Trading Standards are responsible for enforcement of the duties to provide Home Reports. If an enforcement officer believes that there has been of a breach, by a seller or selling agent, of the duty to possess or provide a Home Report, they may issue a penalty charge notice. The notice requires payment of a penalty charge, set at £500, within a specified period of time.
A seller or selling agent can appeal against the penalty charge notice and should seek advice from Trading Standards about how to go about this.
Properties That Don't Need A Home Report
A seller or their agent who markets a house from 1 December onwards must provide a copy of a Home Report, but there are some exceptions. These are listed below.
New housing - New housing includes homes that may be sold 'off-plan' to the first purchaser or sold to the first occupier. Any subsequent sale of a home will not be exempt even if it has a certificate from, for example, the National House-Building Council (NHBC).
Newly converted premises - This means a property which is being, or has been, converted to a home if it has not previously been used in its converted state.
Right to Buy homes - As the sale of a home to a tenant under the 'Right to Buy' does not involve marketing, the duty to provide a Home Report does not apply. A separate package of information is being developed for Right to Buy purchasers.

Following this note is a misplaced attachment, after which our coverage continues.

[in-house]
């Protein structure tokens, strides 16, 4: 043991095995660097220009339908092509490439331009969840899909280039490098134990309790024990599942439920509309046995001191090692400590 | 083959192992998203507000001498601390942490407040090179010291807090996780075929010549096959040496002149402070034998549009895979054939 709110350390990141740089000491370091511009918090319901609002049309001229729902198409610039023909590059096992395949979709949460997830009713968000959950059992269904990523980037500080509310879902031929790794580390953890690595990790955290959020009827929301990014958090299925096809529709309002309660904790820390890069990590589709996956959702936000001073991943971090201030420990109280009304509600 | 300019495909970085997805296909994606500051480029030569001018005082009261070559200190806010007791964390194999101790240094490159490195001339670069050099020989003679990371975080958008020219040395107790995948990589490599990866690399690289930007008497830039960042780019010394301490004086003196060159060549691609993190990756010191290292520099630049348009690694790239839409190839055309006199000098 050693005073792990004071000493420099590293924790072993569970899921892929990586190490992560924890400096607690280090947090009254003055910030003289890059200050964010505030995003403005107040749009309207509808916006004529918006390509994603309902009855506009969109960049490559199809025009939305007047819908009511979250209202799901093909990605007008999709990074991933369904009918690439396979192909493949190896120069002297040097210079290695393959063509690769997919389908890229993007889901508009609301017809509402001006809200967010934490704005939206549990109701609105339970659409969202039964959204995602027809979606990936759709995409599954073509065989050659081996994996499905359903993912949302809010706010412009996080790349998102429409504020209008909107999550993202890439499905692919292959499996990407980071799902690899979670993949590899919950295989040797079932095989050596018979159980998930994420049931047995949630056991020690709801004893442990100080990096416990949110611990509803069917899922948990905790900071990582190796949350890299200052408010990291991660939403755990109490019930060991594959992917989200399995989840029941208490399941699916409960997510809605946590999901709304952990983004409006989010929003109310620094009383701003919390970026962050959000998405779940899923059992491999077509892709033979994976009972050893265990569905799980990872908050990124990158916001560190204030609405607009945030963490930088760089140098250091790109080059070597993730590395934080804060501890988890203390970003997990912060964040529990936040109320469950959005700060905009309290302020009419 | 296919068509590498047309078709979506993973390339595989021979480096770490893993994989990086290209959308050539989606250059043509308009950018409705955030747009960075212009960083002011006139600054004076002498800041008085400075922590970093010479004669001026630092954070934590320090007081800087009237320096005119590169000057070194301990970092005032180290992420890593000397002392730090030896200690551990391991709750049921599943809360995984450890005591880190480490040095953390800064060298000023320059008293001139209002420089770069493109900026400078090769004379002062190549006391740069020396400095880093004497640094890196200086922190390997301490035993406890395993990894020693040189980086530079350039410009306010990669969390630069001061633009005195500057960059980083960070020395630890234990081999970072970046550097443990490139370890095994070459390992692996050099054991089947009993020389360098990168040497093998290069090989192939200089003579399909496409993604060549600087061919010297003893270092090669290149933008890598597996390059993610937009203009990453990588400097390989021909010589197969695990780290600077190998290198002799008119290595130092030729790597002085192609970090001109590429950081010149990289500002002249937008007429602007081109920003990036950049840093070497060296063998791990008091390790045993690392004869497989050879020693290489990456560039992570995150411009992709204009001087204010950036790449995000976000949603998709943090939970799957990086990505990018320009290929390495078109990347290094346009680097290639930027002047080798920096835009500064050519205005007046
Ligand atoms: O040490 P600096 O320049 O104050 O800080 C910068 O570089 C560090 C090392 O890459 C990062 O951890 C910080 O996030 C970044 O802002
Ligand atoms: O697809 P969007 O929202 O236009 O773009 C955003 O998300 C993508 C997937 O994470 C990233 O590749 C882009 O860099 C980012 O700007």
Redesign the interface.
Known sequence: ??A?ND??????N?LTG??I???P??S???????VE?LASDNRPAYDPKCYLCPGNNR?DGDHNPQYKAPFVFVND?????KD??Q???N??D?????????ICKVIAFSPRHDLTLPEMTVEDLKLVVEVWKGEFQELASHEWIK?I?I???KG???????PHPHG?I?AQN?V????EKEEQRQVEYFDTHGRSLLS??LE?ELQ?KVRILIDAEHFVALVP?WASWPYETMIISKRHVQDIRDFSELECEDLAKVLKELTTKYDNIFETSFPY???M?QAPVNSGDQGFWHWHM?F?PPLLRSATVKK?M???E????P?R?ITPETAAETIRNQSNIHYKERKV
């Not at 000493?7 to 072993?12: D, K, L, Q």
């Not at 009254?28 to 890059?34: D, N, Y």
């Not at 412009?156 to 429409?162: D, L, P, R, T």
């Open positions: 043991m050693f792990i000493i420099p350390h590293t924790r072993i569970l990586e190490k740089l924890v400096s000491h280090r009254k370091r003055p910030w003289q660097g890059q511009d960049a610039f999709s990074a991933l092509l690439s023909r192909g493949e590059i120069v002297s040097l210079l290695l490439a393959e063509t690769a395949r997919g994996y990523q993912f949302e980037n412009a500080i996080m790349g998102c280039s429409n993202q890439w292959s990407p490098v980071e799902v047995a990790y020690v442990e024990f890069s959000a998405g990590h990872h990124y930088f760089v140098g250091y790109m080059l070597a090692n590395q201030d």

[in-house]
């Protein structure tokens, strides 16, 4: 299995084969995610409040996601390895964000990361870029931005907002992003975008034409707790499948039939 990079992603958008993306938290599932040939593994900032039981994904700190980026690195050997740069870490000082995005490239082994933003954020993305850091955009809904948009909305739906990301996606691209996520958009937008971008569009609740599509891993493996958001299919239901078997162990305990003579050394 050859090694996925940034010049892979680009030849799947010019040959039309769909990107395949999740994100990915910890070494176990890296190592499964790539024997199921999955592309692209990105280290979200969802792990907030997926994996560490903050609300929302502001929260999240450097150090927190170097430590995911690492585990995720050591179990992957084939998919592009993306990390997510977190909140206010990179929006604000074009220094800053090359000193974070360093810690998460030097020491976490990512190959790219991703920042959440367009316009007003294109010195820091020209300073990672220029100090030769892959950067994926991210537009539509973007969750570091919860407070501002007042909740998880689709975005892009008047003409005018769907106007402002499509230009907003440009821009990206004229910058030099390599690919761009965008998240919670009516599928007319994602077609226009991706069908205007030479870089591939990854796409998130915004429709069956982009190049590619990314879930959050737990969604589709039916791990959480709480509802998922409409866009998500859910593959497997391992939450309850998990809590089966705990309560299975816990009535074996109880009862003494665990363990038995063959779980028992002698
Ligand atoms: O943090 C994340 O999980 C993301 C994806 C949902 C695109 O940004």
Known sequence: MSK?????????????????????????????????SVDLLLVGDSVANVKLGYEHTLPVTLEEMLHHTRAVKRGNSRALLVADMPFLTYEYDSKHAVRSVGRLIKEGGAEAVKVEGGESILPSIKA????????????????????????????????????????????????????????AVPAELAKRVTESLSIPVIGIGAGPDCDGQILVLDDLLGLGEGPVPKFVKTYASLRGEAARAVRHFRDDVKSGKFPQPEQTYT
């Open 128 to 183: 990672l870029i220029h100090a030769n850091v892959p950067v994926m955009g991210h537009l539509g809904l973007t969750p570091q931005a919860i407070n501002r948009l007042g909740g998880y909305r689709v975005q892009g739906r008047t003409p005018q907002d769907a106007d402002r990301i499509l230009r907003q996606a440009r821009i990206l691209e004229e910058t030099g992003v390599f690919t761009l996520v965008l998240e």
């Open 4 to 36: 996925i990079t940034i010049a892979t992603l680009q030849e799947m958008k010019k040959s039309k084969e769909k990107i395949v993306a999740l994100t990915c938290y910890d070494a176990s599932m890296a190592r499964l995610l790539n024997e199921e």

Seasonal and holiday accommodation - This exception refers to seasonal and holiday accommodation (as defined in planning legislation), which only has permission to be used for less than 11 months in any year. It does not include second homes or holiday cottages that could be used all year if the owner so chose.
A portfolio of residential properties - This means a home which is to be sold with one or more other homes and where it is clear from the manner in which the homes are marketed that the seller does not intend to accept an offer to buy one of those homes in isolation from another. Sales of a portfolio of residential properties are considered to be commercial transactions. A home which is ancillary to a principal property may include, for example a 'granny flat', or butler's cottage that is attached to a larger property on a country estate.
'Mixed sales' - This occurs where a home is sold with one or more non-residential properties (provided it is clear that the seller does not intend to consider an offer to buy the home separately from the non-residential property). This might include farmhouses that are part of a working farm, or flats above shops or pubs that are sold with the shop or pub.
Dual use of a dwelling house - This describes the situation where the home is, or forms part of, a property most recently used for both residential and non-residential purposes, such as a commercial studio where the owner also lives in the home.
Unsafe properties - Unsafe properties are evidently in a condition that poses a serious risk to the health or safety of occupants or visitors, or where the way the home is marketed suggests it is unsuitable for occupation in that condition. There is little point in a condition survey being undertaken on a home that is unfit for occupation in any case, and is being advertised as such.
Properties to be demolished - There is an exception for homes to be demolished where it is clear the home is suitable for demolition and all the necessary consents have been obtained for demolition and consents obtained for redevelopment. There is little point in a condition survey being undertaken on a home that is to be demolished and is being advertised as a development site.
The Home Report duties do not apply to non-residential property.